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Alcohol consumption and mortality in patients with mild Alzheimer's disease: a prospective cohort study
  1. Sine Berntsen1,
  2. Jakob Kragstrup1,
  3. Volkert Siersma1,
  4. Gunhild Waldemar2,
  5. Frans Boch Waldorff1,2,3
  1. 1The Research Unit for General Practice and Section of General Practice, Department of Public Health, University of Copenhagen, Copenhagen, Denmark
  2. 2The Research Unit for General Practice, Department of Public Health, University of Southern Denmark, Odense C, Denmark
  3. 3Department of Neurology, The Danish Dementia Research Centre, Rigshospitalet, University of Copenhagen, Copenhagen, Denmark
  1. Correspondence to Dr Sine Berntsen; sineberntsen{at}hotmail.com

Abstract

Objective To investigate the association between alcohol consumption and mortality in patients recently diagnosed with mild Alzheimer's disease (AD).

Design A post hoc analysis study based on a clinical trial population.

Setting The data reported were collected as part of the Danish Alzheimer's Intervention Study (DAISY), a longitudinal multicentre randomised controlled study on the efficacy of psychosocial intervention in patients with mild AD across five county districts in Denmark.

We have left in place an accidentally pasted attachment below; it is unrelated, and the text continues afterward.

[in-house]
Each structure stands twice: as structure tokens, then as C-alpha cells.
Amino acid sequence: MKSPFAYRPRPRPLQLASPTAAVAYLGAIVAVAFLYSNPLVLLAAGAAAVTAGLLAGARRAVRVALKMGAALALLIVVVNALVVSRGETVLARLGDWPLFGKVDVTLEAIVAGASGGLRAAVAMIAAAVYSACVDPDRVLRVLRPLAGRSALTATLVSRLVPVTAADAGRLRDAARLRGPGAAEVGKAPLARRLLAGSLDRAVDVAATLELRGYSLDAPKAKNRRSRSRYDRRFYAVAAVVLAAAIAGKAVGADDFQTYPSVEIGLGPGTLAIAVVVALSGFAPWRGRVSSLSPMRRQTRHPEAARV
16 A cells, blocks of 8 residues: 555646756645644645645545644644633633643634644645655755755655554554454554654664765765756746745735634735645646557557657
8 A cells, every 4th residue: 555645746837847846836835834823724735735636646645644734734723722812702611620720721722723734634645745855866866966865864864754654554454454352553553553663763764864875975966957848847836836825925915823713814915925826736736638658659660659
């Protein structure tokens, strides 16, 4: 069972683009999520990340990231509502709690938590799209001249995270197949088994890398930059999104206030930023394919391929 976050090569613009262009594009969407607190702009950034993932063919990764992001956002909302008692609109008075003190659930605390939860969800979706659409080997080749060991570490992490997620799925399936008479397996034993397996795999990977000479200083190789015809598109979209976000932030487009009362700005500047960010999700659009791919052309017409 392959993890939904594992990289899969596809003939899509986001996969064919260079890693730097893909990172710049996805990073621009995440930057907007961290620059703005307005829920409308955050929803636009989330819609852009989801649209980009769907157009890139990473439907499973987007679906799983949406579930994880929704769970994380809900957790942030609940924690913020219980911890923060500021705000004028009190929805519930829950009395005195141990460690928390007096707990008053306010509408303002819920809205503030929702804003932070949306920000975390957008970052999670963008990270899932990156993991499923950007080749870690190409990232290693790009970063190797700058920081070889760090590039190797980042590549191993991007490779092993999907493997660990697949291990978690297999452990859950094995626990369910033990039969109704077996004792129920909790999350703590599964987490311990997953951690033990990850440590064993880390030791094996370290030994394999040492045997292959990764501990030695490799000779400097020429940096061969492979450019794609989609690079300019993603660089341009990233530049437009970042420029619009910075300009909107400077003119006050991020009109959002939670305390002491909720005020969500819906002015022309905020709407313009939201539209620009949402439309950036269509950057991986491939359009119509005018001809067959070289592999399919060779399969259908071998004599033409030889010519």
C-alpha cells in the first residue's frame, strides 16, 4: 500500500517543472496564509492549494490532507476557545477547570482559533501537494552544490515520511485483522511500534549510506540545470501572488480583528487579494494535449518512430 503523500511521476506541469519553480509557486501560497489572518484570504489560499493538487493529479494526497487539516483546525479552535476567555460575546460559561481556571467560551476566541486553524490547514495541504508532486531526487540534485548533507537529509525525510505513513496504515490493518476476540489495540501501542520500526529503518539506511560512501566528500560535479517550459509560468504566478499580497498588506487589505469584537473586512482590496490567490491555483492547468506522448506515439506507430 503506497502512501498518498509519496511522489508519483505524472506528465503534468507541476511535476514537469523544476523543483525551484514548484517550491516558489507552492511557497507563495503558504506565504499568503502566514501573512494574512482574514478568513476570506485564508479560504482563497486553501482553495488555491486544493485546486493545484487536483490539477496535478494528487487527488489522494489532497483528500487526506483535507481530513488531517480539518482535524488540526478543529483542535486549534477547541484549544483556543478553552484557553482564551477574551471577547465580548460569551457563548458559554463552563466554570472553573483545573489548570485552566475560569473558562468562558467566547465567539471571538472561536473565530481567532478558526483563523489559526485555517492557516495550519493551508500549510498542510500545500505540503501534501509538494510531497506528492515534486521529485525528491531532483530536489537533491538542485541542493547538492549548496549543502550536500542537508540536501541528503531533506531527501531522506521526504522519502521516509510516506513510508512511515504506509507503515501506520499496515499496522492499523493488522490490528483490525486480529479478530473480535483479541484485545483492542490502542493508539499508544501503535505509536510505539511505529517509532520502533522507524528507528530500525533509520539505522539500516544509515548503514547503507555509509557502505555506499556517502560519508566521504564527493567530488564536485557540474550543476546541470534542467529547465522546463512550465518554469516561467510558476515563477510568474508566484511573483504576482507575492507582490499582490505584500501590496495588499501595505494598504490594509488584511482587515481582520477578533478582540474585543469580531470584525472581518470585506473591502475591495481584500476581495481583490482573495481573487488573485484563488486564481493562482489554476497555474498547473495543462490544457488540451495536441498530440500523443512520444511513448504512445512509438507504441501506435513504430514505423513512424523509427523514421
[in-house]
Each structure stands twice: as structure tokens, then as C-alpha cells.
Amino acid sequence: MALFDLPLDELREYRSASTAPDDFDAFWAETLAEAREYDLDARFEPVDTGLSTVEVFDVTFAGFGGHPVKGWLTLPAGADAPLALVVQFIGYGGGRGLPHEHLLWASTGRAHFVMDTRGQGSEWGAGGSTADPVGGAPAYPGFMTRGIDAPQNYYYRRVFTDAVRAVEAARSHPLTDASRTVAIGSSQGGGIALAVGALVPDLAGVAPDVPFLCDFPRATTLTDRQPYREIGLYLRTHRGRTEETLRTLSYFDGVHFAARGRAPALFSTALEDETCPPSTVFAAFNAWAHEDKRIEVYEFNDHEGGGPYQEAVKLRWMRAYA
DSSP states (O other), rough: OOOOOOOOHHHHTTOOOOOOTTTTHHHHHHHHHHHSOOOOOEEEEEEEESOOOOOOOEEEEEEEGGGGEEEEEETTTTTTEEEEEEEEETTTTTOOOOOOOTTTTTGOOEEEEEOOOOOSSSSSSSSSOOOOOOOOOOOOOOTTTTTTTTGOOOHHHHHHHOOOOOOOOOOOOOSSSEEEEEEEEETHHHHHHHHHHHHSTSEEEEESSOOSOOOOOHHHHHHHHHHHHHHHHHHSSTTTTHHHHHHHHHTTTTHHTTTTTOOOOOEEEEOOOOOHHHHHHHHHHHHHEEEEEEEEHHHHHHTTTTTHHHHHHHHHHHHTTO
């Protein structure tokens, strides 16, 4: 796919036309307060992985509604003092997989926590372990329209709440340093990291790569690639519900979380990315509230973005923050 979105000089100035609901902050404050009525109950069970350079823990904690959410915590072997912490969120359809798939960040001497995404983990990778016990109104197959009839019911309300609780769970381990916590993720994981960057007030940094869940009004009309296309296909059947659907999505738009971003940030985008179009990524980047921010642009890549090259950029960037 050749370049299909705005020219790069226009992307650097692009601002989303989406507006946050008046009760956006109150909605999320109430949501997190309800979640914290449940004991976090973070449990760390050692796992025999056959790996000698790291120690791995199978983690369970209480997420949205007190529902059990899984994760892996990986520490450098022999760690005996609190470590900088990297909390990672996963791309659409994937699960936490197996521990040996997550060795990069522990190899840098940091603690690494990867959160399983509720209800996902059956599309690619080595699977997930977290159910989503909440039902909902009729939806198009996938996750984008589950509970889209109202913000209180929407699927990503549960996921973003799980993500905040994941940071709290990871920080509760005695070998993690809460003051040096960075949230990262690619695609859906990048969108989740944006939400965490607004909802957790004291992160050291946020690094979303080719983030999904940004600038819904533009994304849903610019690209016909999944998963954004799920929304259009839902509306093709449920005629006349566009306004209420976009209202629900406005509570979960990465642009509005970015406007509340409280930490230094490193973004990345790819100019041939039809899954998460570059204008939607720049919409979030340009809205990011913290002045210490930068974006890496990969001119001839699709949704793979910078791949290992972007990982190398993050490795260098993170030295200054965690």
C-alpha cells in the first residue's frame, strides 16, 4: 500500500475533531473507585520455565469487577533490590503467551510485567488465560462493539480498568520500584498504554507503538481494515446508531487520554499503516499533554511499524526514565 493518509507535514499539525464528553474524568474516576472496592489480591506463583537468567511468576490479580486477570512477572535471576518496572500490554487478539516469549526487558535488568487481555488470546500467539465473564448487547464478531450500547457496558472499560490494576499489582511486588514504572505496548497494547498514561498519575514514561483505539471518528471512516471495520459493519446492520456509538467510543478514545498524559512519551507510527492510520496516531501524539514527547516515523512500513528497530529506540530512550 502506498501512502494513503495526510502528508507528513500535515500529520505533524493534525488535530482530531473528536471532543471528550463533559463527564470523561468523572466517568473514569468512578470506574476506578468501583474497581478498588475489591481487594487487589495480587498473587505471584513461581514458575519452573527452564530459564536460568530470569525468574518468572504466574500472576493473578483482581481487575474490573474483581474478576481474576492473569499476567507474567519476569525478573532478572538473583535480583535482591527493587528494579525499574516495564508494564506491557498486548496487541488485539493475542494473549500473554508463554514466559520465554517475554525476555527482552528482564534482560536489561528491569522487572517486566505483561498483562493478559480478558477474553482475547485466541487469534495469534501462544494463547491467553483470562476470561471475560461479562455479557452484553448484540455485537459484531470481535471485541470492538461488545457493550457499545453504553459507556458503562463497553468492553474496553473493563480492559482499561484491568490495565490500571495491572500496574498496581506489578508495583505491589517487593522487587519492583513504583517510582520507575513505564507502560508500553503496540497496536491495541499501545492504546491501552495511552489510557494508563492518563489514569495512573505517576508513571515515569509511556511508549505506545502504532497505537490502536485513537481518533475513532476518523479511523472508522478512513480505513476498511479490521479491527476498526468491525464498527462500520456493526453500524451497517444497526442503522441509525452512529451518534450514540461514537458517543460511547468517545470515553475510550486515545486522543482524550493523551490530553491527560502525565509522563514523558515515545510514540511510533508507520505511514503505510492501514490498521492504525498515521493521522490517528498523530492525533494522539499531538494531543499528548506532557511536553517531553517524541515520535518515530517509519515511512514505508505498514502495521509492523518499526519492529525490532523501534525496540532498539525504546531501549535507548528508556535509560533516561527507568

Participants 321 patients with mild AD (Mini-Mental State Examination ≥20) were included. Data regarding current daily alcohol consumption were obtained from the patient's primary caregivers at inclusion.

Main outcome All-cause mortality retrieved from The Danish Civil Registration System over a period of 36 months after baseline.

Results Information about alcohol consumption was obtained from all 321 study participants: 8% were abstinent, 71% only had alcohol occasionally (1 or <1 unit/day), 17% had 2–3 units/day and 4% had more than 3 units/day. An analysis adjusted for a range of potential confounders demonstrated a reduced mortality for patients with moderate alcohol consumption (2–3 units/day): HR 0.23 (95% CI (0.08 to 0.69)) compared with patients who had 1 or <1 unit/day. Mortality was not significantly different in abstinent patients or in patients with an alcohol consumption of more than 3 units/day, compared with patients drinking 1 or <1 unit/day.

Conclusions In this cohort of patients with mild AD, moderate alcohol consumption (2–3 units/day) was associated with a significantly lower mortality over a period of 36 months. Further studies are needed in this area. These may especially focus on the association between alcohol consumption and cognitive decline in patients with AD.

  • GERIATRIC MEDICINE

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